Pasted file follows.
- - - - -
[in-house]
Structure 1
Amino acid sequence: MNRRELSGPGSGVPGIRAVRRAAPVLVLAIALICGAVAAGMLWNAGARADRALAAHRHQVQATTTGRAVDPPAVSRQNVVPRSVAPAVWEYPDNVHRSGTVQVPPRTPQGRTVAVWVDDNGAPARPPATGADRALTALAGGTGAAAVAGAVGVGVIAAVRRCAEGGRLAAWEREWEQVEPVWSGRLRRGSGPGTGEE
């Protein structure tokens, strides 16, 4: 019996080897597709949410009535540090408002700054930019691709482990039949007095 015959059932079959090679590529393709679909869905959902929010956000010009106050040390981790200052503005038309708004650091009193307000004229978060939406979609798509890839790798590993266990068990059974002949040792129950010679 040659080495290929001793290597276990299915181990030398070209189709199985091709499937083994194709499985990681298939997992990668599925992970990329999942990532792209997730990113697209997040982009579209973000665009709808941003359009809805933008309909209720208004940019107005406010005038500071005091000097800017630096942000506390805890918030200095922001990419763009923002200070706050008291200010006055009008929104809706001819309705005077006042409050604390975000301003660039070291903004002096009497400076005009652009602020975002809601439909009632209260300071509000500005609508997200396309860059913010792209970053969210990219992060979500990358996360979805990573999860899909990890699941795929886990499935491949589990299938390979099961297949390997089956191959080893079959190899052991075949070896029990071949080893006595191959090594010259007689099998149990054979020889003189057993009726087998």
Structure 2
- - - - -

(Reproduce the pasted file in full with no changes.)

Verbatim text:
[in-house]
Structure 1
Amino acid sequence: MNRRELSGPGSGVPGIRAVRRAAPVLVLAIALICGAVAAGMLWNAGARADRALAAHRHQVQATTTGRAVDPPAVSRQNVVPRSVAPAVWEYPDNVHRSGTVQVPPRTPQGRTVAVWVDDNGAPARPPATGADRALTALAGGTGAAAVAGAVGVGVIAAVRRCAEGGRLAAWEREWEQVEPVWSGRLRRGSGPGTGEE
């Protein structure tokens, strides 16, 4: 019996080897597709949410009535540090408002700054930019691709482990039949007095 015959059932079959090679590529393709679909869905959902929010956000010009106050040390981790200052503005038309708004650091009193307000004229978060939406979609798509890839790798590993266990068990059974002949040792129950010679 040659080495290929001793290597276990299915181990030398070209189709199985091709499937083994194709499985990681298939997992990668599925992970990329999942990532792209997730990113697209997040982009579209973000665009709808941003359009809805933008309909209720208004940019107005406010005038500071005091000097800017630096942000506390805890918030200095922001990419763009923002200070706050008291200010006055009008929104809706001819309705005077006042409050604390975000301003660039070291903004002096009497400076005009652009602020975002809601439909009632209260300071509000500005609508997200396309860059913010792209970053969210990219992060979500990358996360979805990573999860899909990890699941795929886990499935491949589990299938390979099961297949390997089956191959080893079959190899052991075949070896029990071949080893006595191959090594010259007689099998149990054979020889003189057993009726087998």
Structure 2